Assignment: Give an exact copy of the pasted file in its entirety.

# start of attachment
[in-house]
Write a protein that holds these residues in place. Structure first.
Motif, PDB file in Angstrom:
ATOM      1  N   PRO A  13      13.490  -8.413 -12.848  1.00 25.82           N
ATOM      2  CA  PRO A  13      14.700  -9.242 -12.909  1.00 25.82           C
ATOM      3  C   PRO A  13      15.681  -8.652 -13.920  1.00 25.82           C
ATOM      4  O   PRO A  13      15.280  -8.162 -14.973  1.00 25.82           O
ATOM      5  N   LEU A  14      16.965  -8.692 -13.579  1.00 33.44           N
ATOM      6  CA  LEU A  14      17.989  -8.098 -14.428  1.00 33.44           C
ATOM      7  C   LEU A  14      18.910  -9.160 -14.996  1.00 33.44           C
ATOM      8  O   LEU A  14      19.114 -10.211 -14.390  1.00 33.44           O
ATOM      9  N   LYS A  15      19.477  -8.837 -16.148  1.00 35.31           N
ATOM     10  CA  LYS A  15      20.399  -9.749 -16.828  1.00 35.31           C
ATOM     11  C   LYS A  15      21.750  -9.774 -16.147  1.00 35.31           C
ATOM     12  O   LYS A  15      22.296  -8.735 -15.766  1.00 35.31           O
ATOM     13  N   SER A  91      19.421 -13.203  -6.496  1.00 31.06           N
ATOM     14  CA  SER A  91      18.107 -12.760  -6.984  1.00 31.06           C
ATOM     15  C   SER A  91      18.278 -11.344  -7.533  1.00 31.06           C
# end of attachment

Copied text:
[in-house]
Write a protein that holds these residues in place. Structure first.
Motif, PDB file in Angstrom:
ATOM      1  N   PRO A  13      13.490  -8.413 -12.848  1.00 25.82           N
ATOM      2  CA  PRO A  13      14.700  -9.242 -12.909  1.00 25.82           C
ATOM      3  C   PRO A  13      15.681  -8.652 -13.920  1.00 25.82           C
ATOM      4  O   PRO A  13      15.280  -8.162 -14.973  1.00 25.82           O
ATOM      5  N   LEU A  14      16.965  -8.692 -13.579  1.00 33.44           N
ATOM      6  CA  LEU A  14      17.989  -8.098 -14.428  1.00 33.44           C
ATOM      7  C   LEU A  14      18.910  -9.160 -14.996  1.00 33.44           C
ATOM      8  O   LEU A  14      19.114 -10.211 -14.390  1.00 33.44           O
ATOM      9  N   LYS A  15      19.477  -8.837 -16.148  1.00 35.31           N
ATOM     10  CA  LYS A  15      20.399  -9.749 -16.828  1.00 35.31           C
ATOM     11  C   LYS A  15      21.750  -9.774 -16.147  1.00 35.31           C
ATOM     12  O   LYS A  15      22.296  -8.735 -15.766  1.00 35.31           O
ATOM     13  N   SER A  91      19.421 -13.203  -6.496  1.00 31.06           N
ATOM     14  CA  SER A  91      18.107 -12.760  -6.984  1.00 31.06           C
ATOM     15  C   SER A  91      18.278 -11.344  -7.533  1.00 31.06           C